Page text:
4. Transfer to sanitized flask or jar. Carefully pour the cooled starter wort into the sanitized flask or jar.
  5. Add yeast pack. Cover loosely with sanitized aluminum foil, a foam stopper, or the jar’s lid and swirl gently to mix.
  6. Incubate 24–36 hours at 70 °F (21 °C). Agitate the starter culture periodically, or use a stir plate for constant, steady agitation and aeration.
  7. Pour the starter culture into the cooled, aerated wort in your fermenter; the entire volume of starter may be added to the main batch, or you may prefer to decant some of the spent wort first: chill the starter during brew day to encourage cells to settle, then decant the top layer into the sink, pouring just the yeasty bottom layer into the fermenter.

Propagating a Starter Culture

Any yeast strain, including lagers, should be incubated at 70 °F (21 °C) to ensure rapid growth. It’s not uncommon for a starter culture to display less visible fermentation activity (kräusen, etc.) than a full 5-gallon (19 L) batch; due to the high pitching rate of a starter culture, fermentation can more or less happen while we’re not looking. Just as with a full-sized batch of homebrew, the best indicator of activity is a gravity reading; also look for CO2 bubbles coming out of solution (especially if using a stir plate), “yeasty” rather than “worty” aromas, and turbidity — starter cultures will usually look milky or cloudy while fermenting, and clear with a layer of whitish-tan sediment when finished.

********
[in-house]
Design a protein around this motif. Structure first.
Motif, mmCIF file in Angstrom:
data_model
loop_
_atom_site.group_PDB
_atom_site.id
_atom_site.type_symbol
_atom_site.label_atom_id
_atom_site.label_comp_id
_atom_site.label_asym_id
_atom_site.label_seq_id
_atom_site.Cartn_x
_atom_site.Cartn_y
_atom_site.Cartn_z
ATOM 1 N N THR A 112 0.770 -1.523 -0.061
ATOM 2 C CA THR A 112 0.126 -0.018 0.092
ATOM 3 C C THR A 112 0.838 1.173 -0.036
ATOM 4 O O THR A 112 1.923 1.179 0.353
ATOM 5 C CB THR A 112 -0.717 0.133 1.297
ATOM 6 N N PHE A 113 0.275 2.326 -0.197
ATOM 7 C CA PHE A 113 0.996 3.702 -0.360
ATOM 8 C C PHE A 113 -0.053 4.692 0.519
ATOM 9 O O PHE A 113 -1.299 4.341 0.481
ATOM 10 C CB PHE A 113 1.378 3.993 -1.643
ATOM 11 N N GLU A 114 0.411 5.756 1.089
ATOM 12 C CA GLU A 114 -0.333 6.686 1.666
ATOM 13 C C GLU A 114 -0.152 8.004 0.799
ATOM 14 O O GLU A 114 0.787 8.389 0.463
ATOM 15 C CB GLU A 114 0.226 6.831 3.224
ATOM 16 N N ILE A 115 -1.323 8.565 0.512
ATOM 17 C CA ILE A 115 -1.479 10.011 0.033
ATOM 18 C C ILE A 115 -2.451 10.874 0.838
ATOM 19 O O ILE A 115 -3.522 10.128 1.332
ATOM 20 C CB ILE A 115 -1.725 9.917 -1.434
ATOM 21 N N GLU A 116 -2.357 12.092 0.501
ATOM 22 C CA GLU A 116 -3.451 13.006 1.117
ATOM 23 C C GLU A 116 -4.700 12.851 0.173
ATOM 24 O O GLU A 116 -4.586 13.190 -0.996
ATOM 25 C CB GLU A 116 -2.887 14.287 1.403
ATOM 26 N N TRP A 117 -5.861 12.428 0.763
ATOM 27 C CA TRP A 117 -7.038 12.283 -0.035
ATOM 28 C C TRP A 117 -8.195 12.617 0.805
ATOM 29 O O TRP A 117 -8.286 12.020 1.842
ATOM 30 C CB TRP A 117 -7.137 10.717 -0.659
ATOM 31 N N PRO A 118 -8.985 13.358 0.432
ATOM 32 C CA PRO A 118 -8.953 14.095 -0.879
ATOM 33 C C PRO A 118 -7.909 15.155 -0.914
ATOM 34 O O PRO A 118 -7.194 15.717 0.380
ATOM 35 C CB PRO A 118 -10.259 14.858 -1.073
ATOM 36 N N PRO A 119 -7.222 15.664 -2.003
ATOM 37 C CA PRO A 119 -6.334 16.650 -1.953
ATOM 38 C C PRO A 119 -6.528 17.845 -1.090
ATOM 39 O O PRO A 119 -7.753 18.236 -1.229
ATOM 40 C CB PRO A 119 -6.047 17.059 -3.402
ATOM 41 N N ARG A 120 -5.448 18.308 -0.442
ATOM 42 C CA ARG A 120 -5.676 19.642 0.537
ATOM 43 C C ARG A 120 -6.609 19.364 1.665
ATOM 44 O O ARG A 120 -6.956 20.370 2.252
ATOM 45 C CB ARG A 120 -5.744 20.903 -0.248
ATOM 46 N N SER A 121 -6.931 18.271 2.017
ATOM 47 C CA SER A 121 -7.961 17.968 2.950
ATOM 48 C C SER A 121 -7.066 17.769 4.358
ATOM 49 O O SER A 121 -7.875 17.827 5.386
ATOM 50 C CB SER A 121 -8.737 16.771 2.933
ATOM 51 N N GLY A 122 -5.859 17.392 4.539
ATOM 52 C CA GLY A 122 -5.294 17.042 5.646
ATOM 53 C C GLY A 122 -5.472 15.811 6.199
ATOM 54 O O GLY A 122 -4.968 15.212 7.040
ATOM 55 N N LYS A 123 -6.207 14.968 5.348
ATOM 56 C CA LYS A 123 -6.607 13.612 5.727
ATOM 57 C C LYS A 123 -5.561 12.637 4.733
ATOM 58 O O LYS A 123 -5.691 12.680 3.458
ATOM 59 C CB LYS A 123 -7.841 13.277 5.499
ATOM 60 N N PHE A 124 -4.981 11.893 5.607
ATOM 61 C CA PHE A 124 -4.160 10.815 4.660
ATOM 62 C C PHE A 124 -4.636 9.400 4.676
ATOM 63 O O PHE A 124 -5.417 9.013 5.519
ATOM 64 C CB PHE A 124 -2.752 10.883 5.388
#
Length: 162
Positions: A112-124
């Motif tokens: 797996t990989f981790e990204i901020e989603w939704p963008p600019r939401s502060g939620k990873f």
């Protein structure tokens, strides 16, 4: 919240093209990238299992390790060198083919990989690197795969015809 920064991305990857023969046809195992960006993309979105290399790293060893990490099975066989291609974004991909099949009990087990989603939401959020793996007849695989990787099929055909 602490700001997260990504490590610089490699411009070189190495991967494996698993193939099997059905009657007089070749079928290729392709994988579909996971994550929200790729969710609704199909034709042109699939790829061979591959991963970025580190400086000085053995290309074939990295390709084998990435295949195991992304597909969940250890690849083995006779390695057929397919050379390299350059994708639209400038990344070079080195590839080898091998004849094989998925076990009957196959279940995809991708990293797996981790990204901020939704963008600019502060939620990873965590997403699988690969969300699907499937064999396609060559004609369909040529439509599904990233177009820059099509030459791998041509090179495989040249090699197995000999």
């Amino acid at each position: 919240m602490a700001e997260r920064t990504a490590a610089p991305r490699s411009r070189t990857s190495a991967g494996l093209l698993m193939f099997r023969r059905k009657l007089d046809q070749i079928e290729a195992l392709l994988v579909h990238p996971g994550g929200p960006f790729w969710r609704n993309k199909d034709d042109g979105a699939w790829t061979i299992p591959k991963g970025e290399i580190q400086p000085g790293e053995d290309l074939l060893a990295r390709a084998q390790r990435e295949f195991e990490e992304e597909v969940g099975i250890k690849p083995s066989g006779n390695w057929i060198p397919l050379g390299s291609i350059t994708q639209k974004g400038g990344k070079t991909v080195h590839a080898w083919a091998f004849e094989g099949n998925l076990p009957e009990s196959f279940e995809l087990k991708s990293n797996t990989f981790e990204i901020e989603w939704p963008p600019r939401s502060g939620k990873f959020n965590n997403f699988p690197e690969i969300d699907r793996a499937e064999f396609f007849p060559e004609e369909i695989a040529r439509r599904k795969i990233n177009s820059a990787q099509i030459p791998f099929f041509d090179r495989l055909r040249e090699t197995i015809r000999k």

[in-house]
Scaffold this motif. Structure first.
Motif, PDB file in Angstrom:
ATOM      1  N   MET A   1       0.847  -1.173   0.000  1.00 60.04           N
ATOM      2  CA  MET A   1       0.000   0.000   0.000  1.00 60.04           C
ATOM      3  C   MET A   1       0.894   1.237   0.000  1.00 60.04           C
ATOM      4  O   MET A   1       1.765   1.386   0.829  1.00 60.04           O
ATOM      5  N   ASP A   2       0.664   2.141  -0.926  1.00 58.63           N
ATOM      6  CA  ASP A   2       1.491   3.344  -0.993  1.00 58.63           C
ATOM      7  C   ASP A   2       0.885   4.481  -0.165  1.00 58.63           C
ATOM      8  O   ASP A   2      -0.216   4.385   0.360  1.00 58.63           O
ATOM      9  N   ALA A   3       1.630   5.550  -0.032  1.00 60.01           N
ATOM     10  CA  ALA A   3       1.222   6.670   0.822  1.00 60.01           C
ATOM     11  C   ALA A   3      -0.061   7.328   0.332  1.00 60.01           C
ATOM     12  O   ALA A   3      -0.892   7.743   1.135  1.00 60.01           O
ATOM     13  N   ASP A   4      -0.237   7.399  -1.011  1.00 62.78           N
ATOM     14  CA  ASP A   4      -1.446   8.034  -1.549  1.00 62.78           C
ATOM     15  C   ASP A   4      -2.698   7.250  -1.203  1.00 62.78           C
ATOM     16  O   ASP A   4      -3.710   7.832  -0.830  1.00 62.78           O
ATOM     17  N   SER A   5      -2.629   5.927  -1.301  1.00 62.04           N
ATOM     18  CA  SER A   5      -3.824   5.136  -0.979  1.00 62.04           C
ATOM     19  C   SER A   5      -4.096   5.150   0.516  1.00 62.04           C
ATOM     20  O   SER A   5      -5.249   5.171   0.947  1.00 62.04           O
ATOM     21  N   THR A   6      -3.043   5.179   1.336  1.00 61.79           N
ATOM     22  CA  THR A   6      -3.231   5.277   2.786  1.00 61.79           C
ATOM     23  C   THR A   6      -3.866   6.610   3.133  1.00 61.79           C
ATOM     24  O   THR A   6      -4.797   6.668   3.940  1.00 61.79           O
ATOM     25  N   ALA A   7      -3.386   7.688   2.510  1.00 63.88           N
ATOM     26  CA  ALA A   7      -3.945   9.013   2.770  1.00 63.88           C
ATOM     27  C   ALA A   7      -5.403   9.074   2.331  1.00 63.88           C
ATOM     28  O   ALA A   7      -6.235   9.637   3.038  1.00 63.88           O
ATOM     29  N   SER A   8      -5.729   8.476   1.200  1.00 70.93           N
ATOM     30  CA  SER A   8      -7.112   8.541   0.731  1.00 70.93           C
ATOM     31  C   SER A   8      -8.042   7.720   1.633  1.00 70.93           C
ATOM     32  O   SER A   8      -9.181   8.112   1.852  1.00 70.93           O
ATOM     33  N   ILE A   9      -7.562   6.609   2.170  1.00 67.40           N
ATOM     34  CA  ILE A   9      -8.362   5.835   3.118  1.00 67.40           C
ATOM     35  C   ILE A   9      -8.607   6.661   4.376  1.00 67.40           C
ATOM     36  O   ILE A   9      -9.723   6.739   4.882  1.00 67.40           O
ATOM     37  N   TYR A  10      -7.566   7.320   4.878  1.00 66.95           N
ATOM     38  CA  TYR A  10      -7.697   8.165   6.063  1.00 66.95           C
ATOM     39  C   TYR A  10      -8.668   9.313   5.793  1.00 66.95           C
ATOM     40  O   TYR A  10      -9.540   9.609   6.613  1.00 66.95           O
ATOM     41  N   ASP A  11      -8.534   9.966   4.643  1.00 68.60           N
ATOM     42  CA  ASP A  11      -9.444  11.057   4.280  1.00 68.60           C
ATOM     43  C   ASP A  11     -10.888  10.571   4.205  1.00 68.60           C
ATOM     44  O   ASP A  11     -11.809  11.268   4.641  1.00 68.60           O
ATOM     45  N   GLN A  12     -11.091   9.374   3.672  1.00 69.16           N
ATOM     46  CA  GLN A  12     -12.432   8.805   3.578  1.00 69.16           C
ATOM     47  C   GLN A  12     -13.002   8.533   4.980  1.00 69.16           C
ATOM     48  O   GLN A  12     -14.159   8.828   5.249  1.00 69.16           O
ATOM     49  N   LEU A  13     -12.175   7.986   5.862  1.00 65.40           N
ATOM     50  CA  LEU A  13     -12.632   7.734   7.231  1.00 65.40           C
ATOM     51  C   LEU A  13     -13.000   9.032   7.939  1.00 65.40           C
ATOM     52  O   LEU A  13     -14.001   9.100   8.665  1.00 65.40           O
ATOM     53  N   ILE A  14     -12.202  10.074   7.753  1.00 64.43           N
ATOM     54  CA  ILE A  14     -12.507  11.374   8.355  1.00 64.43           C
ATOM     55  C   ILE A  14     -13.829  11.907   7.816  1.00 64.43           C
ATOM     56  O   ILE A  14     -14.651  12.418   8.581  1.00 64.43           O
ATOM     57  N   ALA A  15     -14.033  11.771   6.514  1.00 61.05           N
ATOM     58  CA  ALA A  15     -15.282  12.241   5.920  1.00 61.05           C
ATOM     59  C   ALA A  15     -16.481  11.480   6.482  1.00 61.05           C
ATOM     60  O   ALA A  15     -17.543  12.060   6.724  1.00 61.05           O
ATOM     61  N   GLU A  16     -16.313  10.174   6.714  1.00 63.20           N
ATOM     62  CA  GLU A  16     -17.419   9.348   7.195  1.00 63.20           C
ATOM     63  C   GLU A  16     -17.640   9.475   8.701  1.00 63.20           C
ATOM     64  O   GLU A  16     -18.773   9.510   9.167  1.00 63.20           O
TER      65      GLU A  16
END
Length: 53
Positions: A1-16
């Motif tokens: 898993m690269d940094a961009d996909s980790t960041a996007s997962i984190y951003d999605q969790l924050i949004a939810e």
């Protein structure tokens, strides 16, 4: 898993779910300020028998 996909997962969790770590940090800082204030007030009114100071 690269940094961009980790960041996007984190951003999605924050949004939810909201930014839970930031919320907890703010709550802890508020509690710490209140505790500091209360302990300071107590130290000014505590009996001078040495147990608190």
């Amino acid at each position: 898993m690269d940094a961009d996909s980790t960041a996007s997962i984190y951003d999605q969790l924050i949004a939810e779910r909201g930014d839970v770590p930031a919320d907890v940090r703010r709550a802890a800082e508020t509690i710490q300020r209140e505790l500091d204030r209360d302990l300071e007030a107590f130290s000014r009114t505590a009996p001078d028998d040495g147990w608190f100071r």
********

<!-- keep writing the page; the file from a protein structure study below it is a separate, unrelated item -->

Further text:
Stirring and O2

Agitation of the culture aids in removing inhibitive CO2 from suspension as well as adding small amounts of oxygen. Small additions of oxygen periodically throughout the growth of a starter will replenish sterols and improve cell yield. Stirring or shaking the starter periodically, or using a stir plate, will improve cell growth in a starter culture. The use of stir plates has been shown to increase cell growth 25–50% over a non-stirred starter.

Two-Stage Propagation

To increase cell count even further, brewers making strong lagers or very high-gravity beers, or those brewing 10-gallon (38-L) (or larger) batches can opt to make a two-stage starter culture: Allow an extra 24–36 hours before brew day and follow the basic procedure; when the initial culture is fermented out, chill and decant the spent wort, then replenish the flask or jar with another volume of fresh starter wort and repeat the incubation process.


Sound sanitation practices are critical when propagating a starter culture. It is important to understand that creating a starter can increase the risk of infection by undesirable organisms. A small level of contamination in a starter culture can multiply to unacceptable levels in the main batch, creating undesirable effects in the finished beer.

For further info

Target Pitching Rates

Ale:  <1.060 (15 °P) : >65 °F (18 °C): >65 °F (18 °C):  6.00
Ale: 1.061-1.076 (15–19 °P): >65 °F (18 °C):  >65 °F (18 °C):  12.00
Ale:  >1.076 (19 °P):  >65 °F (18 °C):  >65 °F (18 °C):  >18.00
Lager: <1.060 (15 °P):  >60 °F (16 °C):  >60 °F (16 °C):  12.00
Lager: 1.061-1.076 (15–19 °P): >60 °F (16 °C):  >60 °F (16 °C): 18.00
Lager: >1.076 (19 °P):  >60 °F (16 °C):  >60 °F (16 °C):  >24.00